Dirar, H.A., 1975. Studied on the hydrogen peroxide preservation of raw milk. Sudan J. Food Sci. Technol., 7: 66-71.

Droke, E.A., M.J. Paape and A.L. Carlo, 1993. Prevalence of high somatic cell counts in bulk tank milk. J. Dairy Sci., 76: 1035-1039.
Direct Link  |  

Foley, J., J. Buckley and M.F. Murphy, 1974. Commercial testing and product control in the dairy industry. University, College, Cork.

Foschino, R., A. Invernizzi, R. Barucco and K. Stradiotto, 2002. The incidence of pathogens of goat milk during lactation year. J. Dairy Res., 69: 213-225.

Giovannini, A., 1998. Important of milk hygiene to public health. Report of MZCP Workshop on the Management of Milk Borne Zoonoses, Surveillance and Control in the MZCP Countries Cepholonia Island, Greece April 1-2, 1998.

Gunasekera, T.S., P.V. Altfield and D.A. Veal, 2000. A flow cylometry method for rapid detection and enumeration of total bacteria in milk. Applied Environ. Microbiol., 66: 1228-1232.
Direct Link  |  

Harbans, S.H., N. Early and E.N. Moore, 1982. Live stock production practice in India. http://www.icrisat.org/Text/pubs/digital_pubs/J144_2002.pdf.

Harding, F., 1999. Milk Quality. 1st Edn., Aspen Publishers Inc., Gaithersburg, Maryland.

Harrigan, W.F. and M.E. McCance, 1976. Laboratory Methods in Food and Dairy Microorganisms. Academic Press, New York, London, pp: 315.

IDF, 1994. Recommendation for the hygienic manufacture of the milk and milk based product. Bulletin of International Dairy Federation. No. 292, Brussels, Belgium.

Jandal, J.M., 2001. Goats and their Population Management Feeding and Diseases. Bovine and Ovine News letter Middle East Agriculture Publisher, Lebanon.

Klinger, I. and I. Rosenthal, 1997. Public health and safety of milk and milk products from sheep and goat. Rev. Sci. Technol., 16: 482-488.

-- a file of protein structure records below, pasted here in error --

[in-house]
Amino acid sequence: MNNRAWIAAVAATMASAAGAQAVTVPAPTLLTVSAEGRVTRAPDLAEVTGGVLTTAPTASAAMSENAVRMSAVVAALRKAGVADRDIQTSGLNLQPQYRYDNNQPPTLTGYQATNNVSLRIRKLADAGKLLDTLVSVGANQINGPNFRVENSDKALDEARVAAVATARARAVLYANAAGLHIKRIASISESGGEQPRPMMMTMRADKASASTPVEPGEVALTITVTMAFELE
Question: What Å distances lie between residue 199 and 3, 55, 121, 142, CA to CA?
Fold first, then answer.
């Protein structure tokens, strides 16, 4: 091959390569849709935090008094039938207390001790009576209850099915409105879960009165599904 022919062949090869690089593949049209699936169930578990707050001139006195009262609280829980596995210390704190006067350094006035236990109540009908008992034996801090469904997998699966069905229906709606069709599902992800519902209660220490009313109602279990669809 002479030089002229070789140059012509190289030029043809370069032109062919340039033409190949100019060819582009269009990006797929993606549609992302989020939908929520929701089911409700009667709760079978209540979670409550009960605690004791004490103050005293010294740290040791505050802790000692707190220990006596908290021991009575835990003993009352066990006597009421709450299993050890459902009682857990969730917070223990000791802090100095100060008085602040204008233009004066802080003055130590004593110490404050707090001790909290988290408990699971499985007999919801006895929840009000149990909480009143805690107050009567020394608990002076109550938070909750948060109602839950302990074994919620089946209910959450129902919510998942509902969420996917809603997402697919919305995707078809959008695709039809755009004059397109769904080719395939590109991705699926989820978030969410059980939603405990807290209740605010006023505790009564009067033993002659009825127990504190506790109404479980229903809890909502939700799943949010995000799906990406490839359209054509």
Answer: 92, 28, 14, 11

Direct Link  |  

Loewenstein, M. and S.J. Speck, 1992. Producing quality goat milk. Extension, Goat Hand Book. No E-4, United State.

Marshall, R.T. and G.H. Richardson, 1992. Media: In Standard Methods for the Examination of Dairy Product. 16th Edn., Port Cily Press, Baltimore.

Muehlherr, J.E., C. Zweifel, S. Corti, J.F. Blanco and R. Steph, 2003. Microbiological quality of raw goats and ewe bulk tank milk in Switzerland. J. Dairy Sci., 86: 3849-3856.
CrossRef  |  Direct Link  |  

Murphy, S.C. and K.J. Boor, 2000. Trouble-shooting sources and causes of high bacterial counts in raw milk. Dairy Food Environ. Sanitat., 20: 606-611.
Direct Link  |  

Prata, L.F., A.C. Ribeiro, K.T. Rezonde, M.R.B. Carvel, S.D.A. Ribeiro and R.G. Cost, 1998. Composition of nitrogen fraction and physico chemical characteristics of Saanen goat milk in the South Eastern region of Brazil. Cienc. Tecnol. Aliment., 18: 428-432.
Direct Link  |  

Sinha, O.P., 2000. Clean milk production and support services. FAO E-mail Conference on Small-Scale Milk Collection in Developing Countries, Rome, Italy.

Steele, M., 1996. Goats: The Tropical Agriculturalist Series. 1st Edn., Macmillan Publishers Ltd., Netherlands.

©  2014 Science Alert. All Rights Reserved
Fulltext PDF References Abstract